The results are in, and marijuana legalization had a landslide election night. But the cannabis cause’s collective victories pale in comparison to the stunning presidential win of Donald Trump. Even political frenemy Paul Ryan had to admit Trump’s victory over Hillary Clinton was “the most incredible political feat” he’s seen.
So what does a Trump presidency mean for the legalization movement and its gaining momentum? Trump’s policy intentions are basically a black box — cannabis is nowhere to be found on his campaign website’s relatively thin policy page — so we’re forced to look for our own clues.
Here are some important factors to consider:
Trump’s Previous Statements
Contradictions abound here, but Trump’s most recent dive into the topic came during a Reno campaign stop in October 2015. He was supportive of leaving marijuana legalization up to the states: “In terms of marijuana and legalization, I think that should be a state issue, state-by-state.”
Trump, of course, regularly improvised during his early campaign stops. These were not prepared remarks, rather they came while fielding a handful of questions. They were also a drastic change of tune from previous statements.
Four months earlier, Trump came out swinging when asked about Colorado’s recreational marijuana legalization at the CPAC Conference: “I say it’s bad. Medical marijuana is another thing, but I think it’s bad, and I feel strongly about it.”
Going back further, Trump maintained a longstanding opposition to the War on Drugs and offered an elementary solution: make all drugs legal, tax them, and use the revenue to educate the public about the dangers of drug use. In 1990 he told the Sarasota Herald-Tribune: “We’re losing badly the war on drugs … You have to legalize drugs to win that war. You have to take the profit away from these drug czars.”
The biggest takeaway from Trump’s statements on marijuana legalization: his position is extremely malleable. Will he be swayed more by the building will of the people, or some other force? While Trump’s initial comments during the election campaign suggested that he’d be open to allowing states such as Florida to decide whether their citizens can only get marijuana from medical fl dispensaries, he has since taken a stronger, more preventative stance.
Donald Trump’s VP has overseen some of the most draconian marijuana penalties in the country as governor of Indiana. He’s also financially tied to the prohibition industry: A big donor to his 2012 gubernatorial campaign was the Geo Group — one of the country’s largest private prison companies — which sees obvious financial benefits from the locking up of drug offenders.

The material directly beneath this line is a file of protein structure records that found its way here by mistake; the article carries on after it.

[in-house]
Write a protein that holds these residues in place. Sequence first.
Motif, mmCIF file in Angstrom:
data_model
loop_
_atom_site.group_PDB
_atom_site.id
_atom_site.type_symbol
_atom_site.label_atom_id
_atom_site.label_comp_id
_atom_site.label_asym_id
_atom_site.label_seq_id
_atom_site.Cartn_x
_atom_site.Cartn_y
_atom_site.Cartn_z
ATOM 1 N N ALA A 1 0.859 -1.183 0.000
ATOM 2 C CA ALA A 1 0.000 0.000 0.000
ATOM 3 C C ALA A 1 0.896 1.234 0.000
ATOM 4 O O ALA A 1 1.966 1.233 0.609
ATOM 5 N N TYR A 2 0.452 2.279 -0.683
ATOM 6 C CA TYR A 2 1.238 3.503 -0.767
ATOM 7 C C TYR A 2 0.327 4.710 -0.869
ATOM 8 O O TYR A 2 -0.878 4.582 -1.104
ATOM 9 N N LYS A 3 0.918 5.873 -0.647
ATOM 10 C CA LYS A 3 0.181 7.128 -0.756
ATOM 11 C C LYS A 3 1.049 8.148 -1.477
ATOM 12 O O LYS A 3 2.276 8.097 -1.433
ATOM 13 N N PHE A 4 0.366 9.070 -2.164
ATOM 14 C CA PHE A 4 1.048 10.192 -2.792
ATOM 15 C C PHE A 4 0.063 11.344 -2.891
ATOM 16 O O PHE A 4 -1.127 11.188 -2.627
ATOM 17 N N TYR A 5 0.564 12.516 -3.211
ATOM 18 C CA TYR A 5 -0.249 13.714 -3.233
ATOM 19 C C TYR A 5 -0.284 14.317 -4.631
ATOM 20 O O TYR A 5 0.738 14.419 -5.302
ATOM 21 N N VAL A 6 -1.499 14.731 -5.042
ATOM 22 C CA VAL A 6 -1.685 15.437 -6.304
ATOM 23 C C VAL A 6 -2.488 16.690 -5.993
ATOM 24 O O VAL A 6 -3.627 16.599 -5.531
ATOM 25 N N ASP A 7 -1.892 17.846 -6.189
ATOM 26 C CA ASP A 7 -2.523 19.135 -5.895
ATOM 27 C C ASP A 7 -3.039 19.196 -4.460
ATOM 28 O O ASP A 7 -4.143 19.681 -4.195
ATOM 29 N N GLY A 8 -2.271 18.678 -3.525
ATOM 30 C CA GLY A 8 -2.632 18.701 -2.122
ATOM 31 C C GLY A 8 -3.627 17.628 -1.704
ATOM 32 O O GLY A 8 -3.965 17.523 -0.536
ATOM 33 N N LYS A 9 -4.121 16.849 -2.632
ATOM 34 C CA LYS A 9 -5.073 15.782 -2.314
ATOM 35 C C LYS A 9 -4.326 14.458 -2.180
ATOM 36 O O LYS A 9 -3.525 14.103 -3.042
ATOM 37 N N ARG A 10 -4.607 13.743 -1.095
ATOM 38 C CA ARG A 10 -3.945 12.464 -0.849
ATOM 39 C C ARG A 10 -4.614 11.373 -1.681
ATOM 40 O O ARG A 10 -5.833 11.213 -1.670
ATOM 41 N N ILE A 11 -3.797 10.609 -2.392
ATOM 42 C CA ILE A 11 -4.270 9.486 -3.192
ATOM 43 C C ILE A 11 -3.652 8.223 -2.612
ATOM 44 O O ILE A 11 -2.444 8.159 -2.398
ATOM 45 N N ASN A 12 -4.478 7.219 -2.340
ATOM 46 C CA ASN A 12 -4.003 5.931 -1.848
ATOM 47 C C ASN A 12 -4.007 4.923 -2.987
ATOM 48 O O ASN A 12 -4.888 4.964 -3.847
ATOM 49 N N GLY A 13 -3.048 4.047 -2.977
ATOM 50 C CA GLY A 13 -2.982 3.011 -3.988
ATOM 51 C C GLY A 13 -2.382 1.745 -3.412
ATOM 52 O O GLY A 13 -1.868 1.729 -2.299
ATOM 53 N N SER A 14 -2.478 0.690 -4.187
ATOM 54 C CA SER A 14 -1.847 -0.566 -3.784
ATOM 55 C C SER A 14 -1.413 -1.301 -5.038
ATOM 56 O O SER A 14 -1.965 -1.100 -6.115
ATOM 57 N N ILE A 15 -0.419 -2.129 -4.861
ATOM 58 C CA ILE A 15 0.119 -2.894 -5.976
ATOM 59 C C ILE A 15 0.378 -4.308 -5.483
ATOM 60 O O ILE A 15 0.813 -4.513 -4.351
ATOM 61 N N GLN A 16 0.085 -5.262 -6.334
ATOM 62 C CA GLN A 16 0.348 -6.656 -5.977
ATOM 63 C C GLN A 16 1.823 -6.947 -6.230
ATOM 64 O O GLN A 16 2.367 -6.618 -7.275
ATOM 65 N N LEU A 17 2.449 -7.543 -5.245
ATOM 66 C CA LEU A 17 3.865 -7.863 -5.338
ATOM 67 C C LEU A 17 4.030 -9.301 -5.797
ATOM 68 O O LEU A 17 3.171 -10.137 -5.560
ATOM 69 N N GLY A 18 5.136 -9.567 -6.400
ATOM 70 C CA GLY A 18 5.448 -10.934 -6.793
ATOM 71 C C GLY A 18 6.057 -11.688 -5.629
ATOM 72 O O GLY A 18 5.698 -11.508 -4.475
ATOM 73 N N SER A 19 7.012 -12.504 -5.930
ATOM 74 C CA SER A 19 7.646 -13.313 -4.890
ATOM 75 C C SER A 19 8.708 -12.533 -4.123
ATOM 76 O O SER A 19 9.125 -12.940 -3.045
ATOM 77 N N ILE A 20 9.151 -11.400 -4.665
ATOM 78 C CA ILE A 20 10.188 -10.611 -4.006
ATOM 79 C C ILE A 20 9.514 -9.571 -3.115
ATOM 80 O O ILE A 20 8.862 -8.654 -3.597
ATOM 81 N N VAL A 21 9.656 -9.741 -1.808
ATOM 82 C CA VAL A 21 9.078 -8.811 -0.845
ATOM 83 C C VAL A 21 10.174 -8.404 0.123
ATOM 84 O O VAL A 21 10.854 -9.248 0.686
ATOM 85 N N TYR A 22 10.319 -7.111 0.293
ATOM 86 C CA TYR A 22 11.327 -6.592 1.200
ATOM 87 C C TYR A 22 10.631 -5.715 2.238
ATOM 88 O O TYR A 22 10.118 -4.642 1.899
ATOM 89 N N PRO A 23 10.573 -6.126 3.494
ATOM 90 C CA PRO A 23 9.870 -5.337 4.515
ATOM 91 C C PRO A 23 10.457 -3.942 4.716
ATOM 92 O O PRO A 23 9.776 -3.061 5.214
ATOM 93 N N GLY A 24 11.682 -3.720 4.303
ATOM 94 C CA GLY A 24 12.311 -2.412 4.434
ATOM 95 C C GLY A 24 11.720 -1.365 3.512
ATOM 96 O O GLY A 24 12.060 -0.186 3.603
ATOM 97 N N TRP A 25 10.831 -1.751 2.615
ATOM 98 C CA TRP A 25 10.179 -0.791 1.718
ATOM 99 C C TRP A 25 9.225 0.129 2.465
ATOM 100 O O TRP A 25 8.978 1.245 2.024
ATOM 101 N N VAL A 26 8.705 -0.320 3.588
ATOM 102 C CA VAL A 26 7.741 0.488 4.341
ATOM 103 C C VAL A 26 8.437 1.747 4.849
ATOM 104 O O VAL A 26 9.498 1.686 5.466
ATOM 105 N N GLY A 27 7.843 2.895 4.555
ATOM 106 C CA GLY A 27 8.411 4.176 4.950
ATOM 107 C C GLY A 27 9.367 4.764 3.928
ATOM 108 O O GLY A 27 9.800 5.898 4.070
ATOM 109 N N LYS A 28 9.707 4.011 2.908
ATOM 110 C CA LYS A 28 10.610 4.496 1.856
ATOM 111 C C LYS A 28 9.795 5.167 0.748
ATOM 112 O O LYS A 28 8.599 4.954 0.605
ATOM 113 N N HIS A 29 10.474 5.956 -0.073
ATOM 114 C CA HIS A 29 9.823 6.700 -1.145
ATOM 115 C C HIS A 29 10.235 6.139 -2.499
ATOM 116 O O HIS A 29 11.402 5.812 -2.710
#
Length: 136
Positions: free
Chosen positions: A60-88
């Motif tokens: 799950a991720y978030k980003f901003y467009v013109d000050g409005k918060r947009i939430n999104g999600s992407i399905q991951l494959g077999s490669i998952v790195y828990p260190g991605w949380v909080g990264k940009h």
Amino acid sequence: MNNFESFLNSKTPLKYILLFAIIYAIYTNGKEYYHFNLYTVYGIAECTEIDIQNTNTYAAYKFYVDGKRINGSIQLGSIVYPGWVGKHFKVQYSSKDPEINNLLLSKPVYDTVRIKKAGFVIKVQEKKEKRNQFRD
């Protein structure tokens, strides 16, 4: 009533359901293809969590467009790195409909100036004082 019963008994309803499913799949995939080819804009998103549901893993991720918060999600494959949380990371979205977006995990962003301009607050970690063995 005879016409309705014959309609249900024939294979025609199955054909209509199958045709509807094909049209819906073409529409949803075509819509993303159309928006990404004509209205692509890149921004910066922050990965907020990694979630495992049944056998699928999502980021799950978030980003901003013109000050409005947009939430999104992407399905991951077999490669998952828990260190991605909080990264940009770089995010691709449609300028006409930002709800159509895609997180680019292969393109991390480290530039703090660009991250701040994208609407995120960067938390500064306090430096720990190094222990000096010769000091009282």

Pence’s tough-on-crime agenda has shown softness in select drug-related situations, however. Last year during a press conference to discuss the task force he launched to find alternative ways to combat drug abuse, he stated: “We simply cannot arrest our way out of the problem. We have to recognize that we also have to address the root causes of addiction and focus on treatment.” (It’s worth noting that Geo touts its ability to rehabilitate offenders.) Pence also enacted a needle-exchange program to help combat the state’s HIV epidemic. Policies like this are vital for the health of the public. Even things like Countrywide Testing 4 panel urine drug tests help protect the safety of drug users.
In the end, it’s probably not a great sign that the most encouraging quote we could find from Pence on marijuana legalization is nothing more than a third-hand anecdote: “I’m not there yet,” Pence reportedly told a dinner guest when pressed on medical marijuana earlier this year. “But I can see it.'”
Trump’s Attorney General
Rumor has it Trump will appoint either New Jersey Gov. Chris Christie or former NYC mayor Rudy Giuliani as U.S. Attorney General. Neither would be a great choice for the marijuana industry.
During his short-lived presidential campaign, Christie was adamant that he would leverage the oval office to uphold the federal ban of cannabis: “Marijuana is against the law in the states and it should be enforced in all 50 states,” he told Fox & Friends last year. “If you’re getting high in Colorado today, enjoy it. As of January 2017, I will enforce the federal laws.”
New Jersey currently allows medical marijuana — albeit with some of the tightest restrictions among states that do so — which is something Giuliani is diametrically opposed to. Medical marijuana is also available in Ohio. You can find out more about getting a medical marijuana card at https://ohdispensaries.com/get-ohio-medical-marijuana-card/. Rudy remains an ardent supporter of the War on Drugs and opposes all cannabis usage.
Legalization advocacy group Marijuana Majority has already launched a petition urging Trump to stick to his most recent quotes and honor state marijuana laws, plus appoint Justice Department and DEA leaders who will do the same.
“A clear majority of Americans support legalizing marijuana,” the petition states. “And we’re counting on you to respect the people’s will and make good on your word.”
So, will he?